Four US marines die in NATO drill when Osprey aircraft crashes in Norway’s north
Four US marines have died after their Osprey aircraft crashed in a Norwegian town in the Arctic Circle during a NATO exercise unrelated to the Ukraine war, authorities say.
An MV-22B Osprey carrying four marines crashes during a training mission in Nordland County, in northern Norway
The deceased marines were taking part in a NATO exercise called Cold Response
The cause of the crash is under investigation, but is believed to be due to bad weather in the area
Norwegian Prime Minister Jonas Gahr Stoere tweeted that the group died in the crash on Friday night.
The cause of the crash is under investigation, but Norwegian police reported bad weather in the area.
The marines were taking part in a NATO exercise called Cold Response.
The US said the identities of the marines would not be immediately released, in keeping with US Defence Department policy of notifying relatives.
The aircraft was an MV-22B Osprey.
It had a crew of four and was out on a training mission in Nordland County in northern Norway, the country’s armed forces said in a statement.
It was on its way north to Bodoe, where it was scheduled to land just before 6pm (local time) Friday.
The Osprey crashed in Graetaedalen in Beiarn, south of Bodoe.
Police said a search and rescue mission was launched immediately.
At 1:30am (local time) on Saturday, the police arrived at the scene and confirmed that the crew of four had died.
The annual NATO drills in Norway are unrelated to the war in Ukraine.
This year they include around 30,000 troops, 220 aircraft and 50 vessels from 27 countries. Non-NATO members Finland and Sweden are also participating.
The exercises began on March 14 and end on April 1.
Military exercise to carry on
No cause was given for the crash, but the Norwegian armed forces said that Cold Response “will carry on as planned, with the measures we have to take due to the weather”.
A Norwegian rescue helicopter spotted the crash site late Friday and local Red Cross crews were assigned to assist police on the ground, according to local media reports.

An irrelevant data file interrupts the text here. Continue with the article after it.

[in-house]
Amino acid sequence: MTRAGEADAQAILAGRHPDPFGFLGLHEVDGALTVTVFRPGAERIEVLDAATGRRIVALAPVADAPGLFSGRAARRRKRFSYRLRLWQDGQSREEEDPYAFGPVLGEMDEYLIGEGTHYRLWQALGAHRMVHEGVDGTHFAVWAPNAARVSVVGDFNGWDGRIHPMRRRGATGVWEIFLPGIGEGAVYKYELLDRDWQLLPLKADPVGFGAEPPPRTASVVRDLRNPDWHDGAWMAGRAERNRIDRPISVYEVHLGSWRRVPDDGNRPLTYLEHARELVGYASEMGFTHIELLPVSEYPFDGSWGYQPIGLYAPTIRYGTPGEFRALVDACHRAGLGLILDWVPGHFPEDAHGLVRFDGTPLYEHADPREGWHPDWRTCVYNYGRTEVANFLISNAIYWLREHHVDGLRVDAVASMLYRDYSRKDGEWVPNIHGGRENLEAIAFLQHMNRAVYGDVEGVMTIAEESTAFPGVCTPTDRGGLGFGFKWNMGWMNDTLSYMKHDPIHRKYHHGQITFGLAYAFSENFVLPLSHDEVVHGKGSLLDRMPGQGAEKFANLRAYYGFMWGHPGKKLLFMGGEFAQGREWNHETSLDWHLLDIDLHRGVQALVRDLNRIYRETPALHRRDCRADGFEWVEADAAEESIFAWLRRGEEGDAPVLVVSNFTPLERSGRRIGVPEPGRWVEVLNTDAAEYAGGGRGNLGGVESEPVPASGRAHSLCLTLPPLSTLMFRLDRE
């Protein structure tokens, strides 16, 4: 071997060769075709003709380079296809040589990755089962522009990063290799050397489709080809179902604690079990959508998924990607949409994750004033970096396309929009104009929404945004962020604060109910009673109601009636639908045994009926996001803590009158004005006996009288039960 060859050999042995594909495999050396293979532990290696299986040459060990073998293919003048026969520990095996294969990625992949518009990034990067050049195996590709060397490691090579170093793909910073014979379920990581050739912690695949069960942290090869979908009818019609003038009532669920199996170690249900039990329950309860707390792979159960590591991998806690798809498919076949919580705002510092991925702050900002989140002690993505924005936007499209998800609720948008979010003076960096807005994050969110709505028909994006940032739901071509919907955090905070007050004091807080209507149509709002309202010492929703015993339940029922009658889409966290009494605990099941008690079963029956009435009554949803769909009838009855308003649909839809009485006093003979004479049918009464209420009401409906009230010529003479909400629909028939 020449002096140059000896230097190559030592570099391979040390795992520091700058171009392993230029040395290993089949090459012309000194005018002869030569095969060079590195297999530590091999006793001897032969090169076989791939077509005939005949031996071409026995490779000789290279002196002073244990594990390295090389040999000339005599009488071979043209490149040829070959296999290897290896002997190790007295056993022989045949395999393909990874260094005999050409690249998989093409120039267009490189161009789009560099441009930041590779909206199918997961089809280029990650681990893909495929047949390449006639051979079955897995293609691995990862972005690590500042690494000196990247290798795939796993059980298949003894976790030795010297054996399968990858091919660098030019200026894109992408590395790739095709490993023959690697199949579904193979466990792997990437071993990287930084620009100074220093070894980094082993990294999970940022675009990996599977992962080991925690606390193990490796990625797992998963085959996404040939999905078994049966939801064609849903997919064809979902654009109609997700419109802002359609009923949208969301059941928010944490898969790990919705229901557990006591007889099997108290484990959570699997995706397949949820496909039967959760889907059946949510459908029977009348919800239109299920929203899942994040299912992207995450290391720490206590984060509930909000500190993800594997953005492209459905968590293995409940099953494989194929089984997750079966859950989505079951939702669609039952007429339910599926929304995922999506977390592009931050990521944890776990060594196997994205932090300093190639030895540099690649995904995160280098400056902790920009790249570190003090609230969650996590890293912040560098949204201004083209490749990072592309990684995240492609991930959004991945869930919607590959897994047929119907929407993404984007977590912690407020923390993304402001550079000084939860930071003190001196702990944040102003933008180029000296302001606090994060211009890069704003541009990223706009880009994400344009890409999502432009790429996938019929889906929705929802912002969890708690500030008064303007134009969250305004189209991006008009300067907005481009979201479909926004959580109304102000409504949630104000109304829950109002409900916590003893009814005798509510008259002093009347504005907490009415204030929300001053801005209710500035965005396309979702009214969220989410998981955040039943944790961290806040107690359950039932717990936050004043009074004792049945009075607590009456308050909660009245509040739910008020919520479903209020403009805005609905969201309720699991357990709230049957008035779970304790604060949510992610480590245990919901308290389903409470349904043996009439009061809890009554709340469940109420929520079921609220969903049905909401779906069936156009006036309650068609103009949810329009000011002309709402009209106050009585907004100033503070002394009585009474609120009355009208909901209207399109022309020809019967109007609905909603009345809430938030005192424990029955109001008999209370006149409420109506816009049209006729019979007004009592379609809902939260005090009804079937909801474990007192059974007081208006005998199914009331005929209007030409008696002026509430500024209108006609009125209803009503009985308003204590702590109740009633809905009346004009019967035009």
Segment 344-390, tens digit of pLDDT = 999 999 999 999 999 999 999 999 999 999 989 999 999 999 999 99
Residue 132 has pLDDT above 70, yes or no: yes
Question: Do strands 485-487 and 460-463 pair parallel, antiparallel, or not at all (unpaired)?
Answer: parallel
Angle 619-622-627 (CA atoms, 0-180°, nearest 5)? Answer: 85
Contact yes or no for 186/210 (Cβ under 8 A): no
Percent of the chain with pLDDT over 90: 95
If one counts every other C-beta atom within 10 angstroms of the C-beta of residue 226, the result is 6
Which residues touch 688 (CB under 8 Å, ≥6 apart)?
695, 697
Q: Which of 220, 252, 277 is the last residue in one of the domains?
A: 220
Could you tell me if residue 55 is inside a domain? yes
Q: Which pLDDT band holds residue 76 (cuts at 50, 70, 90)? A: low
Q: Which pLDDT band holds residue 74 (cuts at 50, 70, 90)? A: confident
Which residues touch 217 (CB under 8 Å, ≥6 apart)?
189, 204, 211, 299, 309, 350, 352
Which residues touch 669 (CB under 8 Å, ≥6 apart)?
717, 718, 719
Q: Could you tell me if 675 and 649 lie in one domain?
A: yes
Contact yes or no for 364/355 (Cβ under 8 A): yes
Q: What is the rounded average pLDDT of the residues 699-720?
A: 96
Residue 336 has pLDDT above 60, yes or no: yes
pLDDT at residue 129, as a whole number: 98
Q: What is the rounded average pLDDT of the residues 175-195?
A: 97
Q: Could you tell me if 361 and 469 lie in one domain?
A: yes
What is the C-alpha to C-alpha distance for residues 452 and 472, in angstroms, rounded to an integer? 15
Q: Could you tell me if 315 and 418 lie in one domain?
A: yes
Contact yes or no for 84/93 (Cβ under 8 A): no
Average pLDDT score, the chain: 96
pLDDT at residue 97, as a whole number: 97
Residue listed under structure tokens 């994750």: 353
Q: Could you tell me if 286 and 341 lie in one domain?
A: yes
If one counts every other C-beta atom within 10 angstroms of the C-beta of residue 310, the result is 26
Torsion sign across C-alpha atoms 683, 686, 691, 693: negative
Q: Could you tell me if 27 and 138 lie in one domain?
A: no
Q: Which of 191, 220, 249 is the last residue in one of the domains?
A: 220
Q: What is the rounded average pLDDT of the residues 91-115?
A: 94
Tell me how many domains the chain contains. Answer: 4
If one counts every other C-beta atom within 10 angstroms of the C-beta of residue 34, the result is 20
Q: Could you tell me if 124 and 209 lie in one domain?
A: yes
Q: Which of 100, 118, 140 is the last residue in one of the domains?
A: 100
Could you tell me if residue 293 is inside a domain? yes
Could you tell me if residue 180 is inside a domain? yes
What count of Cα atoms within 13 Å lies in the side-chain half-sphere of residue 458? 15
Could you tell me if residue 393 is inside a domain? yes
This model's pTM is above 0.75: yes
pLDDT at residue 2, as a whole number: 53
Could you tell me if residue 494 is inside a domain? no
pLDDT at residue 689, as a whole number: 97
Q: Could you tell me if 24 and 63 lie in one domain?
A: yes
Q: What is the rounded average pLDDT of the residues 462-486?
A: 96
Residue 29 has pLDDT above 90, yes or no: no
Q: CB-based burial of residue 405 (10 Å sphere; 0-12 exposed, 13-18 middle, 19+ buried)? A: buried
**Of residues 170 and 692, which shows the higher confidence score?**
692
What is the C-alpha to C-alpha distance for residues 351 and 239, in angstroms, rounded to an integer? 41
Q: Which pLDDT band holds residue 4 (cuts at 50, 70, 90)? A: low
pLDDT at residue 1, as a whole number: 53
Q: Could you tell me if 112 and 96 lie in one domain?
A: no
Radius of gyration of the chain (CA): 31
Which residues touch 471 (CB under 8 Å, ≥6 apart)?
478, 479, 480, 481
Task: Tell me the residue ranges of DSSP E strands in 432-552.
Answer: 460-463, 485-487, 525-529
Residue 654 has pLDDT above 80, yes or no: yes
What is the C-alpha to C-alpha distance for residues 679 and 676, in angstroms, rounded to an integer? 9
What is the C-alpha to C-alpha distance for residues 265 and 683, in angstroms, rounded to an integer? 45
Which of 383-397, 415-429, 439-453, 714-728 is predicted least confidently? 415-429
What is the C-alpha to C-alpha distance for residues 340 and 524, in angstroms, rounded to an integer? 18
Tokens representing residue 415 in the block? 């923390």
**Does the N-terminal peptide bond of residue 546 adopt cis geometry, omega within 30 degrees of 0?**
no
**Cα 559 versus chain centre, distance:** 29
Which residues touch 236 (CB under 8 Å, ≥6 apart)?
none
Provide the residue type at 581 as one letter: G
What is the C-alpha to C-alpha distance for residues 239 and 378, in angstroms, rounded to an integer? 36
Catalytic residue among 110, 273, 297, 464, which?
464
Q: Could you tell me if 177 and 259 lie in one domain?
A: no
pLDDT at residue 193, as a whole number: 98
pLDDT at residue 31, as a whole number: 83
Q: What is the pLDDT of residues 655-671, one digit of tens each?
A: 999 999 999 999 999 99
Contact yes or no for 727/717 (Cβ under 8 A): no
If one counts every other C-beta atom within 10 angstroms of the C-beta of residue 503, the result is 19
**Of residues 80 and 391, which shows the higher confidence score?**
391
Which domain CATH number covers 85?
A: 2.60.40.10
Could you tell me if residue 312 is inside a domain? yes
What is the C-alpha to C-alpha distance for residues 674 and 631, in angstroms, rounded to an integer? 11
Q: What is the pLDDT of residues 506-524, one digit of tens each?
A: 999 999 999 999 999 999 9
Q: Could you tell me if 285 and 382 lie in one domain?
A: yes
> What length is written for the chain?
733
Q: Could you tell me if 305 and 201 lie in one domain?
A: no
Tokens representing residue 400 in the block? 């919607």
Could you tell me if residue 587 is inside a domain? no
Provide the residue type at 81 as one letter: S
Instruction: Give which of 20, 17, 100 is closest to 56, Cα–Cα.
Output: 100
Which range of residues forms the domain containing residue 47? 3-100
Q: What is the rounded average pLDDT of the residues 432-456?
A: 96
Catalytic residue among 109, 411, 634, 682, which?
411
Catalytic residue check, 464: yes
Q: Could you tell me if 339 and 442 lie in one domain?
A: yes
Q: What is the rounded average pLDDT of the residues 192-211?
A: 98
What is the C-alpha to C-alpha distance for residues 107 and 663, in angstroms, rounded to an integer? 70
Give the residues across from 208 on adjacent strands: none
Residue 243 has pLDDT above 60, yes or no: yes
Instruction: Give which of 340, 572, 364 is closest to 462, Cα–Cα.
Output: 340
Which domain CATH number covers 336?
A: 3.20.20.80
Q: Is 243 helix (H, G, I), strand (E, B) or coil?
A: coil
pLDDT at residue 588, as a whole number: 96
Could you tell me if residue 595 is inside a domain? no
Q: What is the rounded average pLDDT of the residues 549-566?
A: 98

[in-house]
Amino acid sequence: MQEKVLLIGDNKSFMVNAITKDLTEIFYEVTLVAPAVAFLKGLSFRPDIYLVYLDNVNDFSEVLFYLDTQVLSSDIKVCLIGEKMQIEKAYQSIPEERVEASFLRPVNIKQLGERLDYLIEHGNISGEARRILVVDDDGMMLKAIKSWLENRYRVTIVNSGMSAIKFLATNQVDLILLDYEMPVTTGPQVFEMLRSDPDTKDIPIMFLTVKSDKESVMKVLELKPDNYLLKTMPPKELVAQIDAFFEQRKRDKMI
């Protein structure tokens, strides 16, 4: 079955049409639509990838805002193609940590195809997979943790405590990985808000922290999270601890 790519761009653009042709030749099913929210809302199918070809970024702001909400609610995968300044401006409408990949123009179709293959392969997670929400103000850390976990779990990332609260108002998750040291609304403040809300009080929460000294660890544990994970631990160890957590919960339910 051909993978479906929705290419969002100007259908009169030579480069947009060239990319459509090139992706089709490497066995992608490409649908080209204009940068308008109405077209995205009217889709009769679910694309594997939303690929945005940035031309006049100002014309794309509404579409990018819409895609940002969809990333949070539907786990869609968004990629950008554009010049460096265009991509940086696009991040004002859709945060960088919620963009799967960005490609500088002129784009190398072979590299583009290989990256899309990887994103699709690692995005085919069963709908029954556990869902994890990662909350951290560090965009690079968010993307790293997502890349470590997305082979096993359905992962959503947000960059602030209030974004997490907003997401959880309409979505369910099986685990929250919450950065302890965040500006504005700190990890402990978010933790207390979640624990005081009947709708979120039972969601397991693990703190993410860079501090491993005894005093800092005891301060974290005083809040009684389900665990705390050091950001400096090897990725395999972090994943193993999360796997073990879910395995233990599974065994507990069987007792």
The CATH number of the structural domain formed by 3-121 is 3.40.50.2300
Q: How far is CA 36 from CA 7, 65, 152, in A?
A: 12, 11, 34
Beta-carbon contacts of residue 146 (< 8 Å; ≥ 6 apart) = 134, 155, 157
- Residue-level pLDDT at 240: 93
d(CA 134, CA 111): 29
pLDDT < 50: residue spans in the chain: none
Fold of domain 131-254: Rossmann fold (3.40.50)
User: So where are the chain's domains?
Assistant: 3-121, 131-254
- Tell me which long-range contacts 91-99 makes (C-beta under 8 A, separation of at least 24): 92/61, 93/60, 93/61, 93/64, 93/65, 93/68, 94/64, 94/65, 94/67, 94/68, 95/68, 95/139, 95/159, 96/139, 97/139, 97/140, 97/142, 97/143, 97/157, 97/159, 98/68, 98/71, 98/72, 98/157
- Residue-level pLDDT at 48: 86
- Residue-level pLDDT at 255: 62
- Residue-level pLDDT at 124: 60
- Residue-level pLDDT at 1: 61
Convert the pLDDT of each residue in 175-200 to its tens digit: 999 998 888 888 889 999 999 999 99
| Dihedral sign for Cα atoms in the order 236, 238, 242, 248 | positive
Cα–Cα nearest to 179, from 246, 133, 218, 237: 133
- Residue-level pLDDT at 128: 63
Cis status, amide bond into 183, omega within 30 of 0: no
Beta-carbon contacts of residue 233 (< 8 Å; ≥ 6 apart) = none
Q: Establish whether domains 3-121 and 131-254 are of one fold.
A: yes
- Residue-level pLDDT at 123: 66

A Norwegian newspaper said Red Cross members drove close to the crash site with scooters and marked the trail with GPS for police in what they described as extremely difficult weather conditions early on Saturday.
“It was a special night, it was a real storm. There were five of us driving towards the scene of the accident. There was one metre of visibility, snow and storm in the mountains,” Red Cross team leader Oerjan Kristensen told the newspaper.
“I guess it was a wind gust of 30-40 metres per second.
Bad weather hampers rescue efforts
Mr Kristensen added that the rescue operation is being hampered by the risk of landslides in the mountains, and the remoteness of the crash site.
Police launched an investigation into the crash and accident commission members and police representatives were due to arrive at the crash site on Saturday.
Lieutenant General Yngve Odlo, head of the Norwegian Armed Forces’ operational headquarters, said that Cold Response would continue despite the crash.
“Right now there is full focus on ending the rescue operation, taking care of the people and then there will be a normal procedure with causation,” Mr Odlo was said.
The first Cold Response exercise was held in 2006, and the drills have been conducted a total of eight times over the years. They take place in south-eastern, central and northern Norway.